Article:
If you’ve visited a brewery taproom or beer-centric bar, you might have noticed bartenders turning your glass upside down over a small surface that sprayed water inside of the glass. Normally this glass rinser, or, star sink, is found right by the taps or glasses are stored. By the time you’ve finished your first beer of the day, you might have seen this action multiple times and wondered what is going on.
A star sink/rinser doesn’t take up a lot of space and is a great addition to beer-focused bars or breweries. You might incorrectly assume this quick rinse is for cleaning, when in fact, the bartender uses this process to ensure the beer arrives into the glass – and, in turn, to you – in the best possible way.
Here are the three ways this process helps your beer:
The water down splashing the side and bottom of the glass acts as a lubricant for the beer flowing from the tap and into the glass. This quick spray helps the carbonation (bubbles) flow evenly down the sides of the glass and settle quickly, leaving you with more concentrated beer than head (foam) in your glass.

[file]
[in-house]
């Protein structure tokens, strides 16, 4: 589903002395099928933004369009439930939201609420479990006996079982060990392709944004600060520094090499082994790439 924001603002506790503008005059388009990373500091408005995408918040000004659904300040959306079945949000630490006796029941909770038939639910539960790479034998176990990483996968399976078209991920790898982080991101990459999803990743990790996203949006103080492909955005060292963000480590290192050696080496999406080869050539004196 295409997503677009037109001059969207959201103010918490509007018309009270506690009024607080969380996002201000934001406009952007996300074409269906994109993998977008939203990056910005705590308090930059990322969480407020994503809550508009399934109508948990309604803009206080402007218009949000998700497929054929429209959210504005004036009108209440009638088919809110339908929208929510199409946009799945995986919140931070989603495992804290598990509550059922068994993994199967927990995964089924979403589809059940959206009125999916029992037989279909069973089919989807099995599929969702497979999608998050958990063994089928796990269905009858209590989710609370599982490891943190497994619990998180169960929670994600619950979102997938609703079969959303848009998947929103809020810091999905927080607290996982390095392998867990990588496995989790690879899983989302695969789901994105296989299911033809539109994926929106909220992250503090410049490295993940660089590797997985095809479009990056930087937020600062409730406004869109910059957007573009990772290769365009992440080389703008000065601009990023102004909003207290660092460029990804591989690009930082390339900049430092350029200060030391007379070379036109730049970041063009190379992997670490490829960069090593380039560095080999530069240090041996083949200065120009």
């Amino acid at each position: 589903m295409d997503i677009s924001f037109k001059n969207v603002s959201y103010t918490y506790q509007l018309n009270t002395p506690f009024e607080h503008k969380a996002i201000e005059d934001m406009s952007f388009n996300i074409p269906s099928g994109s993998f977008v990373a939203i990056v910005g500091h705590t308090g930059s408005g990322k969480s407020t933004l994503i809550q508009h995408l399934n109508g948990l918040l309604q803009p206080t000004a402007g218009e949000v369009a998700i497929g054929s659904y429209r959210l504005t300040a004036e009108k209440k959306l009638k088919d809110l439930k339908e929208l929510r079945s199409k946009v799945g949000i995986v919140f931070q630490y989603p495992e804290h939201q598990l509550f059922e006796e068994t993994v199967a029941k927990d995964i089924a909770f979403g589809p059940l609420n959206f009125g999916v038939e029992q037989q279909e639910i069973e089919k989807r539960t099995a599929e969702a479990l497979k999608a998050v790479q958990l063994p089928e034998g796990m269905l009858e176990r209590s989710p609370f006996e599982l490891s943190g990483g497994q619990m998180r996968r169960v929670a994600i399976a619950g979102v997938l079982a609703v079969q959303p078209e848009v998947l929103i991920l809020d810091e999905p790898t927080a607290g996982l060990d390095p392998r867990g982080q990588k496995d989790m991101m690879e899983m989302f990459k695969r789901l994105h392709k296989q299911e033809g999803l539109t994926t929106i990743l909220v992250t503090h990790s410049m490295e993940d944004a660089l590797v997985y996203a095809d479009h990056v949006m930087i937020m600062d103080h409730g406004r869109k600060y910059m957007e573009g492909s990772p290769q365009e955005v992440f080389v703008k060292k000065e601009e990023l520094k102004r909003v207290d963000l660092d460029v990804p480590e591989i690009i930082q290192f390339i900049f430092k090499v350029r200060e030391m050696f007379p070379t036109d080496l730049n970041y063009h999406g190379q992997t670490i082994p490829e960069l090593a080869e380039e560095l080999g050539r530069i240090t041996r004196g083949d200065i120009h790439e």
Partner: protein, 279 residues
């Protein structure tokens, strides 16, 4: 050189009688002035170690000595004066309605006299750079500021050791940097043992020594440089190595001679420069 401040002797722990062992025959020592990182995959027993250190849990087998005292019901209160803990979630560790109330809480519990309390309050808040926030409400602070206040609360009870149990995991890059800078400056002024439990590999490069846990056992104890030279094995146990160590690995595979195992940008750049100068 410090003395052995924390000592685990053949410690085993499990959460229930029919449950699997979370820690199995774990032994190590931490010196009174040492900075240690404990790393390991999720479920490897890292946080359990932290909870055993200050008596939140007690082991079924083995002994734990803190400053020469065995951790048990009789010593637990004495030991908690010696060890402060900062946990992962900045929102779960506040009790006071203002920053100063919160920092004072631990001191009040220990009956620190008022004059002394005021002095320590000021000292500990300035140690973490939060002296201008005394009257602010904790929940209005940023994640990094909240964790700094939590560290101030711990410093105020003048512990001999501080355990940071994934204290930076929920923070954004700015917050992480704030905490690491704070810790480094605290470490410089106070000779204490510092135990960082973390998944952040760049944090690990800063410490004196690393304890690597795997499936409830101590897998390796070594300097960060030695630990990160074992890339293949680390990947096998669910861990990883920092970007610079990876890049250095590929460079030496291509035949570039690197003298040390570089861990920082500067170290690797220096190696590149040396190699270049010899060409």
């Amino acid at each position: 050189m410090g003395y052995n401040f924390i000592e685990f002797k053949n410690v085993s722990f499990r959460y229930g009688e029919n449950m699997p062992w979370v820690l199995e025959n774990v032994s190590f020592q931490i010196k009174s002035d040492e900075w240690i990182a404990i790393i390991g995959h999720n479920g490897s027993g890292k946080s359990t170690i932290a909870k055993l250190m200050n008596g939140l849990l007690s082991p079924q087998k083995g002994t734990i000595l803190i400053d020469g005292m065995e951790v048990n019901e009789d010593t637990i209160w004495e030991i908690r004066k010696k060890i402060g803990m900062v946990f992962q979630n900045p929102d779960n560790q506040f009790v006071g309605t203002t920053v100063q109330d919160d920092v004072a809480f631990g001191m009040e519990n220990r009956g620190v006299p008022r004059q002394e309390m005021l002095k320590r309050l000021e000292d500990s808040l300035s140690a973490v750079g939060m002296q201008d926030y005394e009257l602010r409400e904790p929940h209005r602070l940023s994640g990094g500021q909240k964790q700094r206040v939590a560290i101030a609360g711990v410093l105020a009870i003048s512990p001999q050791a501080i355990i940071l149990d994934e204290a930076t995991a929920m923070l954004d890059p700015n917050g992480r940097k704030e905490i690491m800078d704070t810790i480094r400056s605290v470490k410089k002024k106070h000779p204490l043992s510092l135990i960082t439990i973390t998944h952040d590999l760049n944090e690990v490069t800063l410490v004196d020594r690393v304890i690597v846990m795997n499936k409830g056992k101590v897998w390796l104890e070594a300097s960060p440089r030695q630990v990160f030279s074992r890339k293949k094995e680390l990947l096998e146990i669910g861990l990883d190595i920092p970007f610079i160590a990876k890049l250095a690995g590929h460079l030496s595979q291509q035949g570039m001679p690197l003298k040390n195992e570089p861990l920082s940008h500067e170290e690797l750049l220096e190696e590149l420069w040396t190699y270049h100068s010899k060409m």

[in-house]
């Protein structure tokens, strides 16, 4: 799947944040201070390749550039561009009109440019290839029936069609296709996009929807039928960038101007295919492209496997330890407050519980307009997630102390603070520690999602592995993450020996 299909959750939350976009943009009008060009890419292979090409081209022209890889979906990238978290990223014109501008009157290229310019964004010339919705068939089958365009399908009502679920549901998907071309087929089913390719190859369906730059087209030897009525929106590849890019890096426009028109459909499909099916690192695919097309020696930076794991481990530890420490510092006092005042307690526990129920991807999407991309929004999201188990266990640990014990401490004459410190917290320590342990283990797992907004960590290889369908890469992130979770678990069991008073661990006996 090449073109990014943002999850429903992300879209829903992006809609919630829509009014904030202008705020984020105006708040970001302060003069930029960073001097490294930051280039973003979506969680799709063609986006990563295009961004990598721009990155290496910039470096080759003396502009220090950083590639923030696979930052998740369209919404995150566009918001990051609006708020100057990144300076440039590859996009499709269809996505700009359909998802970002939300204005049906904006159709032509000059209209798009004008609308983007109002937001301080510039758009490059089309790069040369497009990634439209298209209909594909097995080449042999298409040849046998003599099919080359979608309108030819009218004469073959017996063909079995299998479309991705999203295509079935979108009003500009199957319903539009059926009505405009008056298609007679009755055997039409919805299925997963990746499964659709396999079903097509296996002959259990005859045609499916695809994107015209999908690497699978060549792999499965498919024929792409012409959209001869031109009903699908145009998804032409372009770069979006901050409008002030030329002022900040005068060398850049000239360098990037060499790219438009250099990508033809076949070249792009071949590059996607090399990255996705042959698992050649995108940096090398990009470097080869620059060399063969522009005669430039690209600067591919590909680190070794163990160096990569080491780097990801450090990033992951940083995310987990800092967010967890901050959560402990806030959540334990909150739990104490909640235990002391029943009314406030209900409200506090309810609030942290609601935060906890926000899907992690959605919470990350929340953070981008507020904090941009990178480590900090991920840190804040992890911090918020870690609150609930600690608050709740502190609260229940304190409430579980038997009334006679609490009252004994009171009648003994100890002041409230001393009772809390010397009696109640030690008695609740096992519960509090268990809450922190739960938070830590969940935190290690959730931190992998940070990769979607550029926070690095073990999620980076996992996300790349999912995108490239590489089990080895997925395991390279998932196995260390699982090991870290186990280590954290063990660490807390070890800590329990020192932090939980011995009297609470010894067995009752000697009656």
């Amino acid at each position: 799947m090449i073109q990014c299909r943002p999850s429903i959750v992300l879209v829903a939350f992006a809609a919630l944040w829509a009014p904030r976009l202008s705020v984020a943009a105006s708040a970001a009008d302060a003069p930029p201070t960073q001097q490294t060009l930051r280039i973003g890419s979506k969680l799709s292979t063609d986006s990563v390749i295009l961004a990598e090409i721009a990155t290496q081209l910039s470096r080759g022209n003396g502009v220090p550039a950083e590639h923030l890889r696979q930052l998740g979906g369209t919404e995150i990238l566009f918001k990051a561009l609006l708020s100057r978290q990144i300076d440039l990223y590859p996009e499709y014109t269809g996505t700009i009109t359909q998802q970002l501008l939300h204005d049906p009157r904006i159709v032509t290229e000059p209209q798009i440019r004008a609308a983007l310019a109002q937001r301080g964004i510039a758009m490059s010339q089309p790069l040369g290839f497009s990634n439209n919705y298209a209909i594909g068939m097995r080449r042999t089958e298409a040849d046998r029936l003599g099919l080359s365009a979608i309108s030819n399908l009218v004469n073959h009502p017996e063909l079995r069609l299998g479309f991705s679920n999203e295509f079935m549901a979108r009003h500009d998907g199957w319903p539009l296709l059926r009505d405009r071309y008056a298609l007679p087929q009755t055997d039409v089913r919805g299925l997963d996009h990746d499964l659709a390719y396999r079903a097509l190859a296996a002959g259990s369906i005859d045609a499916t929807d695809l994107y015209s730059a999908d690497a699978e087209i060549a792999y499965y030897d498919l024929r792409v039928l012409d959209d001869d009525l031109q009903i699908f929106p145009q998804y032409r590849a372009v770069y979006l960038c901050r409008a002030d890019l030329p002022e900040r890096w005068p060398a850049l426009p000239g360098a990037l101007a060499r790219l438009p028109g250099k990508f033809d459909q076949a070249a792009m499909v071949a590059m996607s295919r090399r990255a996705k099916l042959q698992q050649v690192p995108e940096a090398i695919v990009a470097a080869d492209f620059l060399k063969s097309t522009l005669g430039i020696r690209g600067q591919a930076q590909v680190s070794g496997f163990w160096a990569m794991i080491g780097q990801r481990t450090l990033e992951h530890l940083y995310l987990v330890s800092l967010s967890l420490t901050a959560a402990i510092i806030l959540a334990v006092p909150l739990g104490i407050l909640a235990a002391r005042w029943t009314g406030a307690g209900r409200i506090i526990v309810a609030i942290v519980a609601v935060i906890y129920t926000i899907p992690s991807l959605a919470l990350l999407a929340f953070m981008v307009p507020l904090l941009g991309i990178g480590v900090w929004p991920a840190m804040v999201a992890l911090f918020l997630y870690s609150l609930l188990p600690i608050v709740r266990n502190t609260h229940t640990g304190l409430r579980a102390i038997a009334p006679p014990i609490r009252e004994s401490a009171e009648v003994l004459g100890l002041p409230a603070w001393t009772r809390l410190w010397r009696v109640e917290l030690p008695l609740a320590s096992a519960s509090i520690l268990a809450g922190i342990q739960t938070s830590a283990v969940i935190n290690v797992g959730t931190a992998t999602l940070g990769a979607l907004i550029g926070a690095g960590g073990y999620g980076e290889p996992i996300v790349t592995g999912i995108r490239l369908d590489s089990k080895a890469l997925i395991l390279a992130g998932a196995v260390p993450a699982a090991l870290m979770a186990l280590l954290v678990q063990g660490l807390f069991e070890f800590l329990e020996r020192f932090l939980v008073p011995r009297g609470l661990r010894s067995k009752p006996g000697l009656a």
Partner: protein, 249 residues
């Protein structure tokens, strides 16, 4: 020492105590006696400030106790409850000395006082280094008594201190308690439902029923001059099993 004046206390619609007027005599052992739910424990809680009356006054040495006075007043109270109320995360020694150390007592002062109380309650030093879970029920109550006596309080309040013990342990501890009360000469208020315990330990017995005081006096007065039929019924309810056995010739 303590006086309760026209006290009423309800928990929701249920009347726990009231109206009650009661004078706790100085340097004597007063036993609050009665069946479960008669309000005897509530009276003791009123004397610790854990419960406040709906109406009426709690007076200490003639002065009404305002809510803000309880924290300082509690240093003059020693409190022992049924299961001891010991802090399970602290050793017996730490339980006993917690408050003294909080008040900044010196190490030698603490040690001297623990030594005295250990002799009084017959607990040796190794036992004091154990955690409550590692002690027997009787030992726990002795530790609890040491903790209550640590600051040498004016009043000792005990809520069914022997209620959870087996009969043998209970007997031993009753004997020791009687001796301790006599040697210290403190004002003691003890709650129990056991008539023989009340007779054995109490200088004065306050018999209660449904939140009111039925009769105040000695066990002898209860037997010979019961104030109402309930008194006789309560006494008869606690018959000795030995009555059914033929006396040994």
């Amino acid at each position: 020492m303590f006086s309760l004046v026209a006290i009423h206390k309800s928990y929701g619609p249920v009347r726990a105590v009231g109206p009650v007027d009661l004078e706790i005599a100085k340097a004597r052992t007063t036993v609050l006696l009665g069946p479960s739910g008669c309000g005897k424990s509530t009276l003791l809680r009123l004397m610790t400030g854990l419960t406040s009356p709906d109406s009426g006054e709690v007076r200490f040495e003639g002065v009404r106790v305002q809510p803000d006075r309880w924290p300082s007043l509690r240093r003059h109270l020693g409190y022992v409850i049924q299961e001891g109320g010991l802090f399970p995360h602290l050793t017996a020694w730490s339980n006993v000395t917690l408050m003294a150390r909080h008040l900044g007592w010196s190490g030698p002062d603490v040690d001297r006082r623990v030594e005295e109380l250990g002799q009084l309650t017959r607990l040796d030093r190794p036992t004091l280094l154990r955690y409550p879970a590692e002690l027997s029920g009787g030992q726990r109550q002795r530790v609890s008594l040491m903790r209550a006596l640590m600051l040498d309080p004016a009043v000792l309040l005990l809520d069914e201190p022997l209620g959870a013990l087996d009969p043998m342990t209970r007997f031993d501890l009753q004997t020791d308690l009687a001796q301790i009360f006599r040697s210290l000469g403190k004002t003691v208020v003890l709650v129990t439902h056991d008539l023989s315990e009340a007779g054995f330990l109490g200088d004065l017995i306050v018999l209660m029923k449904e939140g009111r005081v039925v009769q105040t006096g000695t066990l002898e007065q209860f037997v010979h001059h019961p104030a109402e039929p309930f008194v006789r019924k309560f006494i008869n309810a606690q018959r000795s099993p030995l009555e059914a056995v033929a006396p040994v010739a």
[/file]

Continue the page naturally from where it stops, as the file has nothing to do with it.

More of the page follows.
- Head Retention and Aroma
Along with helping your beer arrive into your glass, star sinks also help the head on the top of your beer stay concentrated as well. The head of your beer is where a lot of the aroma is and it can enhance the flavor of the beer if you take a quick sniff before taking a drink.
- Keeping Things Cool
Since well-crafted beer focuses on flavor, frozen or chilled glasses are not typically used. As a result, most glasses sit on a shelf behind the bar at whatever the room temperature is. This means when a bartender grabs your glass, the glass can effect the beer temperature slightly. Even though the glass is likely only 20 or so degrees warmer than the beer being poured into it the quick splash of cool water will cool the inside of your glass and help keep that beer from warming up to fast, leaving you with the opportunity to enjoy that cool brew in the best possible way.
Don’t worry, beer is made up of +93% water so it’s not going to water down your beer, especially with a less than a second or so squirt of water. And while it’s true some bars actually rinse glasses before pouring, the actual use of a star sink isn’t focused on that. If you are handed a glass that doesn’t seem clean, send it back and ask the bartender for a properly cleaned glass that can then be splashed with water from the star sink.
Beer is meant to be enjoyed and shared, but sometimes there are little things we (and your neighborhood bar) can do, to enhance that experience and make it a memorable one.